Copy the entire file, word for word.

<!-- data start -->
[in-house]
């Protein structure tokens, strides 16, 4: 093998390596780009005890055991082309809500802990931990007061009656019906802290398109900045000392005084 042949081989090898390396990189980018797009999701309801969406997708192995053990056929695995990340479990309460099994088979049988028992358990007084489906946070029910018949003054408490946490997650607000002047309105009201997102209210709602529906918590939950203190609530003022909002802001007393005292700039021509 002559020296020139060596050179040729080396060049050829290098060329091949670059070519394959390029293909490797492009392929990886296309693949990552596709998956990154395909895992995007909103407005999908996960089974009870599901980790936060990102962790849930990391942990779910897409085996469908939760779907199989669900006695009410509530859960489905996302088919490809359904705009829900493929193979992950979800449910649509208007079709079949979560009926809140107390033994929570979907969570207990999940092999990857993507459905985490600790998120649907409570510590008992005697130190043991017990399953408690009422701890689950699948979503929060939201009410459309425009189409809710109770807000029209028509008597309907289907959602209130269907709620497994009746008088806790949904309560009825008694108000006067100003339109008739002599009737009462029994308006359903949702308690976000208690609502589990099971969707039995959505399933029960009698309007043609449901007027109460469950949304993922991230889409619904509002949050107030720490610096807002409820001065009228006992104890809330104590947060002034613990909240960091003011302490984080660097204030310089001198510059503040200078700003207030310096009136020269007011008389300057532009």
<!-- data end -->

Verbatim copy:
[in-house]
């Protein structure tokens, strides 16, 4: 093998390596780009005890055991082309809500802990931990007061009656019906802290398109900045000392005084 042949081989090898390396990189980018797009999701309801969406997708192995053990056929695995990340479990309460099994088979049988028992358990007084489906946070029910018949003054408490946490997650607000002047309105009201997102209210709602529906918590939950203190609530003022909002802001007393005292700039021509 002559020296020139060596050179040729080396060049050829290098060329091949670059070519394959390029293909490797492009392929990886296309693949990552596709998956990154395909895992995007909103407005999908996960089974009870599901980790936060990102962790849930990391942990779910897409085996469908939760779907199989669900006695009410509530859960489905996302088919490809359904705009829900493929193979992950979800449910649509208007079709079949979560009926809140107390033994929570979907969570207990999940092999990857993507459905985490600790998120649907409570510590008992005697130190043991017990399953408690009422701890689950699948979503929060939201009410459309425009189409809710109770807000029209028509008597309907289907959602209130269907709620497994009746008088806790949904309560009825008694108000006067100003339109008739002599009737009462029994308006359903949702308690976000208690609502589990099971969707039995959505399933029960009698309007043609449901007027109460469950949304993922991230889409619904509002949050107030720490610096807002409820001065009228006992104890809330104590947060002034613990909240960091003011302490984080660097204030310089001198510059503040200078700003207030310096009136020269007011008389300057532009």